"I just feel that when he ran against Bob Flider (in 2010), he had a 100-day plan to fix a bunch of issues with the state at that time. He's now been in the Legislature for a while. He moved from Decatur to Champaign to keep a seat in a pretty much different territory. I just don't feel like as a representative he's genuinely stepping up to the plate to take an active role in solving the litany of issues that affect the people of Illinois."
Forcum acknowledged that in the general election campaign he likely will be linked with the unpopular Democratic speaker of the House, Michael Madigan of Chicago.
"Call me controlled by Chicago. That's exactly what Adam Brown did with Bob Flider two years ago. That was the playbook. I'll probably get hit with it again, but if (Brown) had spent time trying to be proactive and addressing some of the issues that affect this territory rather than bashing Chicago or saying we need to kick Cook County out of Illinois, I think maybe things would be more functional for him in the Legislature."
Nutter, 54, said he grew up in Oswego and has lived in Watseka for more than 20 years.
"Sitting here on the city council, not that a lot of the problems that our city faces stem from Springfield but some of them do. I found that to fix problems in Watseka I needed to run for the city council," he said. "So I think that some of the problems that face our community as well as the 106th District in general stem from Springfield. To change it you have to be there."
Asked his opinion of Harms, who has been in the Legislature less than a year, Nutter said: "At this point I've seen nothing that he's done that has changed anything here in Watseka."
The 106th District, which includes all or parts of Vermilion, Ford, Iroquois, Livingston and Woodford counties, is one of the most Republican territories in the state.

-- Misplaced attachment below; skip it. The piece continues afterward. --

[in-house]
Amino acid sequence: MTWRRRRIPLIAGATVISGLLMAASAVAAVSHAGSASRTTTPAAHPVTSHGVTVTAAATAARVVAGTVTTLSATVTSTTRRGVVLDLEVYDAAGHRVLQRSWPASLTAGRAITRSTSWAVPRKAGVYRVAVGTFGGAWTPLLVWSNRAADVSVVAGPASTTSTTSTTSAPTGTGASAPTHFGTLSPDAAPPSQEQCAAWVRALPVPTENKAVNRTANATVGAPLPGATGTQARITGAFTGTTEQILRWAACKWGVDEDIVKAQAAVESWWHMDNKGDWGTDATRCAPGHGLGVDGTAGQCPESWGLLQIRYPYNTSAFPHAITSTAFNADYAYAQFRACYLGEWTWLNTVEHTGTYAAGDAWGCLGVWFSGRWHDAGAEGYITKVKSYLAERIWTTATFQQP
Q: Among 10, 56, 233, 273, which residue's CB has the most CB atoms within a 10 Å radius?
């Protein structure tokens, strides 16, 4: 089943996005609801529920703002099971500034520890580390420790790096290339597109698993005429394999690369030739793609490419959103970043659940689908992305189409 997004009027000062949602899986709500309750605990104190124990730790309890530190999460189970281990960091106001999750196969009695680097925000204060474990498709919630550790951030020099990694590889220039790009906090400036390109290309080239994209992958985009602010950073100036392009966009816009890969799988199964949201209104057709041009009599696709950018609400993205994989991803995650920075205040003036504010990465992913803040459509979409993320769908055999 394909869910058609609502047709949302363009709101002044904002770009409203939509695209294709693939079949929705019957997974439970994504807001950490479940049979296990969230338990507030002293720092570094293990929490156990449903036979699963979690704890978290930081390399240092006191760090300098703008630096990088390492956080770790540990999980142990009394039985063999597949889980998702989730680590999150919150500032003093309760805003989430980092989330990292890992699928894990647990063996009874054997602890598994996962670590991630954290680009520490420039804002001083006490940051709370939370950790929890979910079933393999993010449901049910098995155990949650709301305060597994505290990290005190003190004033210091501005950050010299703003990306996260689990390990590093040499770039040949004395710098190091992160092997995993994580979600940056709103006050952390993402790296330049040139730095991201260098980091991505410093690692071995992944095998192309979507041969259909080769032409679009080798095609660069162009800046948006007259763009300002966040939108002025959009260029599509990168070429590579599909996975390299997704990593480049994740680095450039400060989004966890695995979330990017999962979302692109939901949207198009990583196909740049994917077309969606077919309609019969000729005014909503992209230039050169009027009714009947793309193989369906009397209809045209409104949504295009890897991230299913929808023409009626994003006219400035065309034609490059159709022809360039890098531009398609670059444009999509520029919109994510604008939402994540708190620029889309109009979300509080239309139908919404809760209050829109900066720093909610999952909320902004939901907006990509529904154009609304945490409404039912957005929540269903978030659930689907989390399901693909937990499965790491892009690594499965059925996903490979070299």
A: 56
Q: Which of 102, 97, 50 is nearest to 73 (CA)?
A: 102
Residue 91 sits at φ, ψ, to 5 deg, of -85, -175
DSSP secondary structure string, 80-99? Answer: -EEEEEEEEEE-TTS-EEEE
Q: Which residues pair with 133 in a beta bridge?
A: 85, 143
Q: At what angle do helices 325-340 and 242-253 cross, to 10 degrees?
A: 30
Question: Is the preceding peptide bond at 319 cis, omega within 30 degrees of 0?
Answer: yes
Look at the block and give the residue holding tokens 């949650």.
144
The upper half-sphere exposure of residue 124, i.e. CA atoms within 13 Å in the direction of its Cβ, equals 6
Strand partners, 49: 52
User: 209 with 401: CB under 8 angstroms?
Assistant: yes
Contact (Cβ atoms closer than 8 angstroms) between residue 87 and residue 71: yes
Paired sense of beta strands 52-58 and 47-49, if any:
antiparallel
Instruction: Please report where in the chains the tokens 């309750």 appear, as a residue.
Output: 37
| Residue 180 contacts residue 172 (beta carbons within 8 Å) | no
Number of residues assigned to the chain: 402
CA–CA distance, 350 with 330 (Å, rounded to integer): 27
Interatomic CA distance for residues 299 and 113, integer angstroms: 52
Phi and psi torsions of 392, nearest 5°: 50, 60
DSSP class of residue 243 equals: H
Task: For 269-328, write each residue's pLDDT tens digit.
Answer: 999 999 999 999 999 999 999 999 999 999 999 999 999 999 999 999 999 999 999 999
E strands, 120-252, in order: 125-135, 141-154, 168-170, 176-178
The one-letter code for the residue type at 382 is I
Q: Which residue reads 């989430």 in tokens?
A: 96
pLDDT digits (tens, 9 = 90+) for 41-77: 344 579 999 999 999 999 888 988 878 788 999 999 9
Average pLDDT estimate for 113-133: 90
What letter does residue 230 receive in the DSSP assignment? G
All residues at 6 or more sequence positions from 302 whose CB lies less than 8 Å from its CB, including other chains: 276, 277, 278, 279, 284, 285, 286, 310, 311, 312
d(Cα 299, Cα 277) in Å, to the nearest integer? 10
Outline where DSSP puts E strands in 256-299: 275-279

"That's what they tell me," Nutter said. "The approach I've taken on the city council is that when there's a decision to make I try to get the best information I can, that not only includes information I've found by myself but fortunately I have a very active ward that is in the know with what's going on. They ask good questions which has made me a better alderman. If elected to the House I'll try my very best to represent the 106th District in the same form and fashion."
He said his approximately two-hour work commute between Watseka and Aurora takes him through much of the district.
"My work schedule is I work 24 hours and I'm off 48 hours. And going to Aurora I actually touch a major portion of my district. Auroras is only 30 minutes from Pontiac and Dwight so I can come home and go through almost the entire district on my way to work," Nutter said.
Tom Kacich is a News-Gazette editor and columnist. His column appears on Sundays and Wednesdays. He can be reached at 351-5221 or at firstname.lastname@example.org.